Since the Islamic State (IS) terror group collapsed in Iraq, the Guardian reports, some 40 foreign women of the group have been sentenced to death in Baghdad and dozens sentenced to life-terms, following mere 10-minute hearings in Iraqi courts.
However, this form of justice, in spite of the vile violence and atrocities committed by the IS, should not stand against the foreign widowed women, even though some of them might have willingly and freely joined the terror group. Conversely, it is very likely that many of these women were forced by their spouses to travel with them to both Iraq and Syria, at the height of the IS terror.
Therefore, justice cannot be effectively served by Iraq's 10-minute adjudication of the guilt or innocence of these women.
Noting that 40 foreign women have already received death sentences and that dozens have been sentenced to life imprisonment for their membership in the IS, the Guardian report, dated May 22, 2018, also cited the mitigating acquittal of at least one-Iraqi woman, whose defense was that she was forced by her brother to join the IS. Yet, Iraq, holding a sour and revengeful attitude toward foreign fighters of the IS, has continued to mete out extraordinary sentences to foreign widows.
More than 40,000 foreign fighters from 110 countries are estimated to have traveled from Europe and Central Asia to join the IS at the height of its reign of terror in Syria and in Iraq. Of that number, 1,900 were believed to be French citizens and another 800 British citizens.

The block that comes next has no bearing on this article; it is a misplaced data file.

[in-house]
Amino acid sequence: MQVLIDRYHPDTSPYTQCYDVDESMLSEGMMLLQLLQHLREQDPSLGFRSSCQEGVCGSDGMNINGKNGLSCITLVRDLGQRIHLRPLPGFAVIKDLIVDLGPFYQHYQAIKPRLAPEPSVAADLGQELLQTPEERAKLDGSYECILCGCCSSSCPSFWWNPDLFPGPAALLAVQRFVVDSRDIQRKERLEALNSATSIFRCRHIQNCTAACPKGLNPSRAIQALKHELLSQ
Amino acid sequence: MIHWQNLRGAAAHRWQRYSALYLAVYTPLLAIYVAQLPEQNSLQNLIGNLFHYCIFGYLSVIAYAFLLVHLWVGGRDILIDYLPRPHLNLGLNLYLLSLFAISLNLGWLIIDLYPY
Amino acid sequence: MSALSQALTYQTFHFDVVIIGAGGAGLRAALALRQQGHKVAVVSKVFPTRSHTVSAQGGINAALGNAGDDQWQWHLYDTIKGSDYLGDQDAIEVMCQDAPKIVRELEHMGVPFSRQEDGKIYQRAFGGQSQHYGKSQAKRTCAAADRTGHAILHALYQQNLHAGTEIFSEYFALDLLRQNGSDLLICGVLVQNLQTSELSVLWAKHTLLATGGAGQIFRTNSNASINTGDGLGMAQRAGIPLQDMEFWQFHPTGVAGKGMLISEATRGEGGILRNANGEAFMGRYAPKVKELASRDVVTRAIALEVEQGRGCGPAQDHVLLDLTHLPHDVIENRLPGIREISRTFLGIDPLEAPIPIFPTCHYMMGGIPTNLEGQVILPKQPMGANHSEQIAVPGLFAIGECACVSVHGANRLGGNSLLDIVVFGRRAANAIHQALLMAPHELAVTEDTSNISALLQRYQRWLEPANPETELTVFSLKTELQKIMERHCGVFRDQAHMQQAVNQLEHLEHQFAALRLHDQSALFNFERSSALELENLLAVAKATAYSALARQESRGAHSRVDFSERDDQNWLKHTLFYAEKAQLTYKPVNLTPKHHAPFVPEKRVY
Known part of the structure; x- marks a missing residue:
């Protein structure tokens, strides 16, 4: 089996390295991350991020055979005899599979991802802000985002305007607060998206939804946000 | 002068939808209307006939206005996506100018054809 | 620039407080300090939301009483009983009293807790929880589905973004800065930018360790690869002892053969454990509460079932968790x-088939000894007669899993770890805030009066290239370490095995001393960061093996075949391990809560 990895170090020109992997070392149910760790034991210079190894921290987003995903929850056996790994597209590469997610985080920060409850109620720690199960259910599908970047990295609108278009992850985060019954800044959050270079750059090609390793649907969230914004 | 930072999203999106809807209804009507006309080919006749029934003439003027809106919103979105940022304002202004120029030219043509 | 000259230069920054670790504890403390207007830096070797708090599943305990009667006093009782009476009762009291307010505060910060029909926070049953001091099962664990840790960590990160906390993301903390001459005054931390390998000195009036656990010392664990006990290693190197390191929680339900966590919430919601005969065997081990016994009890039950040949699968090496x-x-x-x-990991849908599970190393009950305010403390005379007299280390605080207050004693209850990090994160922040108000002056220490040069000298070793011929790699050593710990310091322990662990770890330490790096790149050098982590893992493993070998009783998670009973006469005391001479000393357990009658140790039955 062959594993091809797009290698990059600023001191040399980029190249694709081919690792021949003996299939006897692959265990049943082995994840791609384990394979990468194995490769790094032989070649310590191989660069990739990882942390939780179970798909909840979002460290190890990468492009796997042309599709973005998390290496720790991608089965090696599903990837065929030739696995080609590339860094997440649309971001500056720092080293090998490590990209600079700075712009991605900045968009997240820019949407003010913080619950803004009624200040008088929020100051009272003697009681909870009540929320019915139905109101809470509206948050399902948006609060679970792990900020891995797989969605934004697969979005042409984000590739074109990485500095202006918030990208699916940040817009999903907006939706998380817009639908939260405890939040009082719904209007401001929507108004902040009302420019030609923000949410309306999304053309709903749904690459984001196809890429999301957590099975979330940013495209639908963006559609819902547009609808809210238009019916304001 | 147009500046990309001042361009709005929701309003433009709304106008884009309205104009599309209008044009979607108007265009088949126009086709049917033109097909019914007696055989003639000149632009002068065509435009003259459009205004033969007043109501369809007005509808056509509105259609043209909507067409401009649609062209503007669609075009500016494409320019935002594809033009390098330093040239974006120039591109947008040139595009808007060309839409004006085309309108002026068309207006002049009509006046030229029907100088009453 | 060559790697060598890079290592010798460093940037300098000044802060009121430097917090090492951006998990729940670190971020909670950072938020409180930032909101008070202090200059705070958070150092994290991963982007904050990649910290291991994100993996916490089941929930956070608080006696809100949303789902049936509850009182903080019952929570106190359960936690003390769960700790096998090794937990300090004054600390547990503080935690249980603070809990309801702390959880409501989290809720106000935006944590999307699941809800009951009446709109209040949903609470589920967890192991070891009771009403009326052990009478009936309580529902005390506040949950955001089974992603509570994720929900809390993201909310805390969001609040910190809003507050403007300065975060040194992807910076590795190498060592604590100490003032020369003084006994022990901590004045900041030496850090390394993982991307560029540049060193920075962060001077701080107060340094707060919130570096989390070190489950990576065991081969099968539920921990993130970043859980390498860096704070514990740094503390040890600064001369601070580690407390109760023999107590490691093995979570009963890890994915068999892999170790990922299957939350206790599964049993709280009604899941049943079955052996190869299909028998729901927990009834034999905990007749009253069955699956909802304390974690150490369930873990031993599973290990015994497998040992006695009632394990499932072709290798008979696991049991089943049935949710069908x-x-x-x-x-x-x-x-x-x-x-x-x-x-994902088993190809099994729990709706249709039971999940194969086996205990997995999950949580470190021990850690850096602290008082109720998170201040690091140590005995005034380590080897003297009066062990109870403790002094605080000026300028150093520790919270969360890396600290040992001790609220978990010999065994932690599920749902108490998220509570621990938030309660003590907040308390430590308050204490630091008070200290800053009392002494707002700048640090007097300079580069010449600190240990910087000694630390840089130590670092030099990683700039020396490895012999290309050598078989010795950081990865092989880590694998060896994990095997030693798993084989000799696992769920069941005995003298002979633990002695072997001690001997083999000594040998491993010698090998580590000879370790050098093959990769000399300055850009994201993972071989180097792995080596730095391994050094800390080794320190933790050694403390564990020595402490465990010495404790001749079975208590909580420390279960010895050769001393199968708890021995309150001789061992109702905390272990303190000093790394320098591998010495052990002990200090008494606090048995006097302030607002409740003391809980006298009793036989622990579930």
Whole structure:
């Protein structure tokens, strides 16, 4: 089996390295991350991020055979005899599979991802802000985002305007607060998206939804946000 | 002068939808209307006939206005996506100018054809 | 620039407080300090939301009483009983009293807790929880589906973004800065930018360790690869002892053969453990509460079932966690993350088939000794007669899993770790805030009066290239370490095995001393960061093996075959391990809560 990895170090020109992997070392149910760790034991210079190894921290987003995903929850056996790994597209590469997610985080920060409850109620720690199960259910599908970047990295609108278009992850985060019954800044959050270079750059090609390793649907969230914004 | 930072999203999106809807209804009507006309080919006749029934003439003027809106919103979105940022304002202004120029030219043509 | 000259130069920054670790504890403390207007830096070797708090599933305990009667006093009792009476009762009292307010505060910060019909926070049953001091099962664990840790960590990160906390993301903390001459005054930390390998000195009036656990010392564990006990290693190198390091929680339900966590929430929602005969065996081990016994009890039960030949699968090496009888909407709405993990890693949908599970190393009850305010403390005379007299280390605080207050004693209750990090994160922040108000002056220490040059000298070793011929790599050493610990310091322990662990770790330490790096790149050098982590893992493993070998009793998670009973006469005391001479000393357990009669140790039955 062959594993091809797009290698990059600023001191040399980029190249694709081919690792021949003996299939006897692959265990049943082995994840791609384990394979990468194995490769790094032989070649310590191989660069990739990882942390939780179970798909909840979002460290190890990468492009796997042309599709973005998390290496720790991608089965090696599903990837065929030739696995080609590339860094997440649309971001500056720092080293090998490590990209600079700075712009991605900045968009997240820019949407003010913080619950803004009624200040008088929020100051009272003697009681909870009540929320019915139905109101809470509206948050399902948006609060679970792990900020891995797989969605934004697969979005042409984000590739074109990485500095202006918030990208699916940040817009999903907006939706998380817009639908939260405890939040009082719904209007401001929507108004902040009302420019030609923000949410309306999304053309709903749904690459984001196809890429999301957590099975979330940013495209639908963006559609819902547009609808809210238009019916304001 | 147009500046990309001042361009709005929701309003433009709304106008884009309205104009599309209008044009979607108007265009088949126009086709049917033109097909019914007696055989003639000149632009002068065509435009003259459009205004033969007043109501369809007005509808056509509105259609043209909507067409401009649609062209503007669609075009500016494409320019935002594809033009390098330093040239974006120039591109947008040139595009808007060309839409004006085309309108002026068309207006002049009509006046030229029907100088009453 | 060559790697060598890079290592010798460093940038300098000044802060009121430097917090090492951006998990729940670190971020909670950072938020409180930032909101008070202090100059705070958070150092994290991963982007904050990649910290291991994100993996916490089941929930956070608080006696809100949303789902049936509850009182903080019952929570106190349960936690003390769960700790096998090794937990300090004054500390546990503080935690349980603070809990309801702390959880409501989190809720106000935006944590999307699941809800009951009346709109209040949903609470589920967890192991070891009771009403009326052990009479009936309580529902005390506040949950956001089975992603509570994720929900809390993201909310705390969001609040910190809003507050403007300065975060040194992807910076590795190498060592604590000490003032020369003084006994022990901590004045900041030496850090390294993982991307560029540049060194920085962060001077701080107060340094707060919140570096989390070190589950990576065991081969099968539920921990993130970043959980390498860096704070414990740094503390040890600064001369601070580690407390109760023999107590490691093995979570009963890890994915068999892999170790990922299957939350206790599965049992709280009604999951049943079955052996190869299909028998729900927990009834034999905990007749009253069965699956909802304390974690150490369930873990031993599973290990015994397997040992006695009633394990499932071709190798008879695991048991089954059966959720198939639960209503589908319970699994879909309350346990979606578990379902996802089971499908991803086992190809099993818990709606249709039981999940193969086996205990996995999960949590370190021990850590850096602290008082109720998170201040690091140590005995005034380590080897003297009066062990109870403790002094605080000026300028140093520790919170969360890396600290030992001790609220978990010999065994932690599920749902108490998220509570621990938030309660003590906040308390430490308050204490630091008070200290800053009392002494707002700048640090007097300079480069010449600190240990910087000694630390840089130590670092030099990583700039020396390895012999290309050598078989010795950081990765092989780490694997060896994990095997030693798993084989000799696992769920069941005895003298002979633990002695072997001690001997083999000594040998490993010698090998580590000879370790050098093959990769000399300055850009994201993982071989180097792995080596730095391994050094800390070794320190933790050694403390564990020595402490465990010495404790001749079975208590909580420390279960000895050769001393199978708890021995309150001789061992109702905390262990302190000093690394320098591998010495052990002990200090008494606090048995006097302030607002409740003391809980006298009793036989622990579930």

As the IS collapsed in Iraq, some 1,000 women, widows of IS militants, were rounded up and jailed in Baghdad. Accompanying the women were 820 infants and unborn children. Foreign governments have failed to intervene on the welfare of many of the women, thus allowing Iraq to carry out a prejudiced judgment upon the lost souls.
But women, who have been misguided and controlled by their dead spouses to join IS, should not have to pay with their lives for any acts directed by their husbands. Therefore, the international community should intervene to mitigate the assurance that justice purportedly served in Iraq, is tempered with mercy and the rule of law.